WASHINGTON — President Joe Biden is poised to sign two directives that would allow the U.S. Department of Defense to invest in its hypersonic weapons industrial base as adversaries demonstrate advanced capabilities.

As China and Russia tout recent progress in developing hypersonic weapons, which are unique in their ability to maneuver at speeds higher than Mach 5, the Pentagon wants to address potential supply chain disruption in key technology areas.

Michael White, principal director for hypersonics in the Office of the Undersecretary of Defense for Research and Engineering, said Tuesday that the presidential directives “about to be signed” that would enable the Pentagon to invest Defense Production Act Title III funds to bolster hypersonic engine and guidance and control subsystem suppliers.

Speaking during a virtual July 12 Executive Mosaic forum, White said there are “a number of different industrial base investment mechanisms that are being leveraged and being actually enhanced for hypersonic activities.”

The department’s five-year spending plan for hypersonic programs is just under $25 billion for efforts ranging from early research to prototyping to fielding.

“The funding levels are increasing significantly to allow us to get through those first three phases of our programs,” White said.

Under DPA Title III, the president can establish domestic industrial base incentives for critical technology areas to encourage things like increased production capacity and higher quality. Before the Pentagon can target DPA funding for a particular project, the president must certify to Congress that the capability is critical to national defense and that the Title III mechanism is the most efficient and cost-effective option.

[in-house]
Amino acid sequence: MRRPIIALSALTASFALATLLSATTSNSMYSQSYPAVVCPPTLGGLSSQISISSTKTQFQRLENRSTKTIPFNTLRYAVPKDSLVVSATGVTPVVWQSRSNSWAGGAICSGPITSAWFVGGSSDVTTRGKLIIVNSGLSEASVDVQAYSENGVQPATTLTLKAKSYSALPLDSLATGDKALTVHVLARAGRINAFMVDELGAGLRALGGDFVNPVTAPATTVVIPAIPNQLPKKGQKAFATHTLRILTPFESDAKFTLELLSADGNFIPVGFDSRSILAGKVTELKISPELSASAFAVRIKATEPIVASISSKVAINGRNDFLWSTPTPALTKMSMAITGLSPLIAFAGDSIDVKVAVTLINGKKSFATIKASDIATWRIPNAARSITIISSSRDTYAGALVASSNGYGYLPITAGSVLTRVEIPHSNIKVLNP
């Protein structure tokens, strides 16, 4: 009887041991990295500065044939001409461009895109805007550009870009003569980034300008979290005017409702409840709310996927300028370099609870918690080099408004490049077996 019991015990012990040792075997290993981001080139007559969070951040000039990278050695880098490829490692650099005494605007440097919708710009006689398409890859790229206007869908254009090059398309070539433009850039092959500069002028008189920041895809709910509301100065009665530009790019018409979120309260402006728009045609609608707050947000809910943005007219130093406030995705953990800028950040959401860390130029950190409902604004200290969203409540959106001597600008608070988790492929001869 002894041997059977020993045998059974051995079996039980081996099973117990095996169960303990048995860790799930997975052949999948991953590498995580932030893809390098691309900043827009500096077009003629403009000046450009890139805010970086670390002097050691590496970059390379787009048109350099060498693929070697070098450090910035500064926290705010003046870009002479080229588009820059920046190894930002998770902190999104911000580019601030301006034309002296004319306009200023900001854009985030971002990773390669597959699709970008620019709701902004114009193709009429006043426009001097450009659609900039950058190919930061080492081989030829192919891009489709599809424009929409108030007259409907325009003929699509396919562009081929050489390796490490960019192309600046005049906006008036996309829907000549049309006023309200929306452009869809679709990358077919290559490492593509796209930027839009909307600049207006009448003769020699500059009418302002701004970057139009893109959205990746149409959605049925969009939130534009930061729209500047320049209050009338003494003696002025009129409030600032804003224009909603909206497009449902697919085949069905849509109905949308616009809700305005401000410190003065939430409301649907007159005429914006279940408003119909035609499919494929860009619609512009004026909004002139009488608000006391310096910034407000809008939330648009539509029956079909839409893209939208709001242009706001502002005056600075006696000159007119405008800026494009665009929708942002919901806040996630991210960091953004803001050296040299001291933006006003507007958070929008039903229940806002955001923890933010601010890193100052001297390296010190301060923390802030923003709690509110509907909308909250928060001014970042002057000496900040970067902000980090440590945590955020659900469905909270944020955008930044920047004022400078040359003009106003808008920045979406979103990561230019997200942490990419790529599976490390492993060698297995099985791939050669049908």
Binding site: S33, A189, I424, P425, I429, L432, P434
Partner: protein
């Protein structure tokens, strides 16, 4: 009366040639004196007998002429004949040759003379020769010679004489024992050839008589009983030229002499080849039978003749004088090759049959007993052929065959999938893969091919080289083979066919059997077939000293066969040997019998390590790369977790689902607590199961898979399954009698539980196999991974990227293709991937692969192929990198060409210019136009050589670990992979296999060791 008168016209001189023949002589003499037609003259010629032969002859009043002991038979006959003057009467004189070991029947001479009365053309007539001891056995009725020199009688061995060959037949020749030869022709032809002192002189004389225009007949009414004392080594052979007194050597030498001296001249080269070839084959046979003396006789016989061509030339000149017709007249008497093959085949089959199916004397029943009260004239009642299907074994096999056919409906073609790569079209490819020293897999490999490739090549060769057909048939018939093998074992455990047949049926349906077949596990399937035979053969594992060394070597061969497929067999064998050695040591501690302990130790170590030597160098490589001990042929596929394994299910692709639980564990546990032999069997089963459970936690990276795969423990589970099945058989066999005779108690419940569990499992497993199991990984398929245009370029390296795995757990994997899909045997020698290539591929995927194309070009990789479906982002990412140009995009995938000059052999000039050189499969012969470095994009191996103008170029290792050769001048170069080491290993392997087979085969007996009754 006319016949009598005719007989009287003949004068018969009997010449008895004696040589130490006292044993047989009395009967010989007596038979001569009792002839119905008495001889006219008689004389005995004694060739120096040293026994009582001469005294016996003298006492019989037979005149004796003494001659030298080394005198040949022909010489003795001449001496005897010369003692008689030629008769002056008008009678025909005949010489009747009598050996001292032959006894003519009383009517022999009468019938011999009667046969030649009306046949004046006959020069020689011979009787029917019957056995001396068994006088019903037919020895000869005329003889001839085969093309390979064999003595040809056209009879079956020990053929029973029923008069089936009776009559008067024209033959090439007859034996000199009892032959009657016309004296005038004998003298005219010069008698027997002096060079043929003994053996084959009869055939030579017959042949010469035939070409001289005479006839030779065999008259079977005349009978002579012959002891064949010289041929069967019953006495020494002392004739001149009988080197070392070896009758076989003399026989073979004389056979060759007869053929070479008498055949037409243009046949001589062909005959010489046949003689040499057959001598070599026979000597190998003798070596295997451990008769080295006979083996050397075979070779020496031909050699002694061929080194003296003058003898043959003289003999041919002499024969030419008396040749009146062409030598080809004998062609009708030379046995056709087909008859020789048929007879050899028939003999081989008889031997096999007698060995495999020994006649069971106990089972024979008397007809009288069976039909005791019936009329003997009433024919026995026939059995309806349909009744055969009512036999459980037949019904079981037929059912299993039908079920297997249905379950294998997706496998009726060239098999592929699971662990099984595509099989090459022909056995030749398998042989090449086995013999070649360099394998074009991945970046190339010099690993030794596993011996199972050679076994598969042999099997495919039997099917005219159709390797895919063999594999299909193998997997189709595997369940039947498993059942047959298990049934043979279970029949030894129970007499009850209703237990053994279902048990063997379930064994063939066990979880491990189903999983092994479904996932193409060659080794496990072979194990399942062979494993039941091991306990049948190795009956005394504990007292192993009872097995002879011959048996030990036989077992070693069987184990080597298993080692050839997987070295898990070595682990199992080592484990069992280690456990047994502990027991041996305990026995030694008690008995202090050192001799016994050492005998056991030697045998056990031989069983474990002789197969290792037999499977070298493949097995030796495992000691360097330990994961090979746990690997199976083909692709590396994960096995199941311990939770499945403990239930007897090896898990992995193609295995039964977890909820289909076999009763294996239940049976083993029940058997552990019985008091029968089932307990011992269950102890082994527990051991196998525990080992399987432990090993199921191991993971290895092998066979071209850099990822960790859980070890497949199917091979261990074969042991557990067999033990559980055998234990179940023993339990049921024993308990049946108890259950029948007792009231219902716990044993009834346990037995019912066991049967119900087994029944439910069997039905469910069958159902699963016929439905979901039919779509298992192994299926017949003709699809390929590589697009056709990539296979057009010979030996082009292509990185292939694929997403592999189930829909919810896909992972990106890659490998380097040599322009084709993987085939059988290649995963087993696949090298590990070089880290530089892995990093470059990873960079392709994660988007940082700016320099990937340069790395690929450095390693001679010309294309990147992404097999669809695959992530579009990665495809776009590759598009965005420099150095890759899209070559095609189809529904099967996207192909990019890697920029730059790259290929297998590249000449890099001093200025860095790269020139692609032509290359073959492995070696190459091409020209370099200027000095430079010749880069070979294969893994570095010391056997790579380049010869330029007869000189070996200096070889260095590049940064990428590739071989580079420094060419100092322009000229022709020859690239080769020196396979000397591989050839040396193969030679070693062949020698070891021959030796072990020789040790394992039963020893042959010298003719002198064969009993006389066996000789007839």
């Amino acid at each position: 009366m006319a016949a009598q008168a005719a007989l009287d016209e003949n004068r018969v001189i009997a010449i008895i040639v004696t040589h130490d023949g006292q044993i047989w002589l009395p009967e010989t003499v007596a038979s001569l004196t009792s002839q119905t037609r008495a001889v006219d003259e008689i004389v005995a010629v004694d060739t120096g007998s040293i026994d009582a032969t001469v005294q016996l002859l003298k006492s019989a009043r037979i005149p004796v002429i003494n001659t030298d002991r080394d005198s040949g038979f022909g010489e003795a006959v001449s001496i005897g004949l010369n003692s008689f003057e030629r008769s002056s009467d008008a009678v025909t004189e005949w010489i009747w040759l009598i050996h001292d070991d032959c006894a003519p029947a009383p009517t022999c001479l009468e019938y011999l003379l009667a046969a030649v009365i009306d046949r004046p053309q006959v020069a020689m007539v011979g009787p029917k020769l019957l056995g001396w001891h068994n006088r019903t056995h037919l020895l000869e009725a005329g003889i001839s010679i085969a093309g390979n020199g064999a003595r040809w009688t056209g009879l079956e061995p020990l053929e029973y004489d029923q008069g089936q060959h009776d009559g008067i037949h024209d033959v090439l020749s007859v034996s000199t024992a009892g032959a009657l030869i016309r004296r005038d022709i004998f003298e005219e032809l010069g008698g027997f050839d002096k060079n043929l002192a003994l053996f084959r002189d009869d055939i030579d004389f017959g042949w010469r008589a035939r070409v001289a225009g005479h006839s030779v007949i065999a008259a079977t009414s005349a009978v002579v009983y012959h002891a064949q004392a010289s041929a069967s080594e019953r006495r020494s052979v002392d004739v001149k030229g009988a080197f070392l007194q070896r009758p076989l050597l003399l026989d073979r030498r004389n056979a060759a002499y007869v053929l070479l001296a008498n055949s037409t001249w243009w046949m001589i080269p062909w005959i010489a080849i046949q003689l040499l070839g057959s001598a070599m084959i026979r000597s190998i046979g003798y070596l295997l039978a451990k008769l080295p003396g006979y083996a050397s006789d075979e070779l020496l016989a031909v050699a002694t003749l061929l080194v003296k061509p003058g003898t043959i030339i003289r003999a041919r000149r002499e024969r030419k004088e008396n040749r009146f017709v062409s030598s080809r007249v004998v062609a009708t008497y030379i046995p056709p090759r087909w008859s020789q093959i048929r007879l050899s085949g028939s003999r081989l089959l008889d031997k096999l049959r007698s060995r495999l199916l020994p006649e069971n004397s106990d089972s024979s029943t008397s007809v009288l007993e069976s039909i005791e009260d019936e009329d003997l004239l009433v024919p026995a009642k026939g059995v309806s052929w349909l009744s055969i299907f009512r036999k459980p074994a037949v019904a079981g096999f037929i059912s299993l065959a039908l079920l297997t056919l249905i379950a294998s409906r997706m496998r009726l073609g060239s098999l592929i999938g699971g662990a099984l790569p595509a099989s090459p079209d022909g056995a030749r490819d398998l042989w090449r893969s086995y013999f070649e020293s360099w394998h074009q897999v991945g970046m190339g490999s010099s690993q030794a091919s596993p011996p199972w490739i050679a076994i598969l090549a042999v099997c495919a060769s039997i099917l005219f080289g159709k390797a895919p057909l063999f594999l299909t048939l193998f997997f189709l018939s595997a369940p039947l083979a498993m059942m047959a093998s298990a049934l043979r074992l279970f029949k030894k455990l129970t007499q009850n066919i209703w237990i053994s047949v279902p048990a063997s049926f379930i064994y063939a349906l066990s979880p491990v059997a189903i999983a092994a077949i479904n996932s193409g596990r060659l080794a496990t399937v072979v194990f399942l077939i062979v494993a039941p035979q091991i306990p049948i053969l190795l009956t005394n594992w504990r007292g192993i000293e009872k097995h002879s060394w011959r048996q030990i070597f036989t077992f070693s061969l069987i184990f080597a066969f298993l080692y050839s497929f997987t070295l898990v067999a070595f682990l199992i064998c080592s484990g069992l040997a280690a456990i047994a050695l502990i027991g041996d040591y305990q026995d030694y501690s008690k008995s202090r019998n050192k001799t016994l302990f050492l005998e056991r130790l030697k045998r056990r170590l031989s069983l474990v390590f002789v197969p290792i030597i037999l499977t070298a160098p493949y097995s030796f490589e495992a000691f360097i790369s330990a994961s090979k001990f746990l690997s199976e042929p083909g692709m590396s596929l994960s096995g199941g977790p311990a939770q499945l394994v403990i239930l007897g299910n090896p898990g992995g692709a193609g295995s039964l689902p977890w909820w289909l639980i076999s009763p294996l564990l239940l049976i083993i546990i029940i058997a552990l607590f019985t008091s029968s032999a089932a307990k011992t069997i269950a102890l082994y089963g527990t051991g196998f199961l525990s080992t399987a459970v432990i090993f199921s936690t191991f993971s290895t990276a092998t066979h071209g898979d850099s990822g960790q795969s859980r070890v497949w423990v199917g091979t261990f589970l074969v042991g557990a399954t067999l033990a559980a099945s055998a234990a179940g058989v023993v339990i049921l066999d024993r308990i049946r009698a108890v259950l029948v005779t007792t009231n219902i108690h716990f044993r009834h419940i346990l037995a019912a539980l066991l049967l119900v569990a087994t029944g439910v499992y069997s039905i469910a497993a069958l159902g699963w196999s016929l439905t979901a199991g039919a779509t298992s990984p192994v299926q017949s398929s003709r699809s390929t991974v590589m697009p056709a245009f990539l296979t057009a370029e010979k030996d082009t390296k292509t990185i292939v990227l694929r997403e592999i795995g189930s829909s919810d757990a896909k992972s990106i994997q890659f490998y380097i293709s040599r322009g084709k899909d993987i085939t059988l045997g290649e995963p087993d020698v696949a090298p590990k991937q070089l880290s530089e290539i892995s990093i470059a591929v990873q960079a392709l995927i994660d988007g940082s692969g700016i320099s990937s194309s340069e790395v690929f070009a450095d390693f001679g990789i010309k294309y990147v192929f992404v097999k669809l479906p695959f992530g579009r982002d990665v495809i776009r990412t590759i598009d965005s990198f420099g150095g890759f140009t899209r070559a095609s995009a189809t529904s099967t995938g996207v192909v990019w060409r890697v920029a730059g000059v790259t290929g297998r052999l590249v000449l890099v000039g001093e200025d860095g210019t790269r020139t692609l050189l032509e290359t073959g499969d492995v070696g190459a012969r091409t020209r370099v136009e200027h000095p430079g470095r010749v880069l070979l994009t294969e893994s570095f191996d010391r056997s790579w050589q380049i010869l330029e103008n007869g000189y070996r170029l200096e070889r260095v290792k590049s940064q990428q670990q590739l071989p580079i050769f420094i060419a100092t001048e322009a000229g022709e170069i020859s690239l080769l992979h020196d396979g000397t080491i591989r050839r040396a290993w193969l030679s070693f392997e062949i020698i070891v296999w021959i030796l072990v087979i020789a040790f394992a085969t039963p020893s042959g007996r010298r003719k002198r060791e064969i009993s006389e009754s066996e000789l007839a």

The White House has expressed concern about the hypersonic industrial base as well as recognized its importance to national security. In February 2021, Biden signed an executive order directing the Pentagon to conduct a comprehensive supply chain review of four areas, including kinetic capabilities like hypersonics. And earlier this year, the administration updated its list of critical technologies to include hypersonic capabilities.

Pentagon leaders have also been sounding the alarm on the importance of quickly fielding hypersonic technology, convening a meeting with industry executives in February to better understand the impediments companies are dealing with.

Hypersonic engine capacity

As the Pentagon awaits the impending presidential directives, its DPA Title III program office wants to better gauge the industrial capacity for hypersonic engine production.

In a July 8 notice, the office asked industry for details on its ability to produce hypersonic engines at scale and said its target is to have enough capability across the industrial base to support an initial production capacity of four to six hypersonic missiles per month.

Hypersonic engines undergo a high degree of stress compared to the systems that power a more traditional strategic missile, largely because of how fast they move. As a hypersonic missile’s speed accelerates, it creates “extraordinary thermal, mechanic and acoustic stresses,” according to the notice. These conditions require a specialized industrial base for components and tooling and novel manufacturing techniques.

“To date DoD has supported proof of concept and prototyping efforts in this area, however the expansion of industrial base capacity is required to meet expected future demand,” the notice states. “Further, current engine designs are classified and the lengthy supply chain, heat treatment, coating, joining and non-destructive evaluation is disaggregated, causing significant lead-time, cost and security challenges.”

Courtney Albon is C4ISRNET’s space and emerging technology reporter. She has covered the U.S. military since 2012, with a focus on the Air Force and Space Force. She has reported on some of the Defense Department’s most significant acquisition, budget and policy challenges.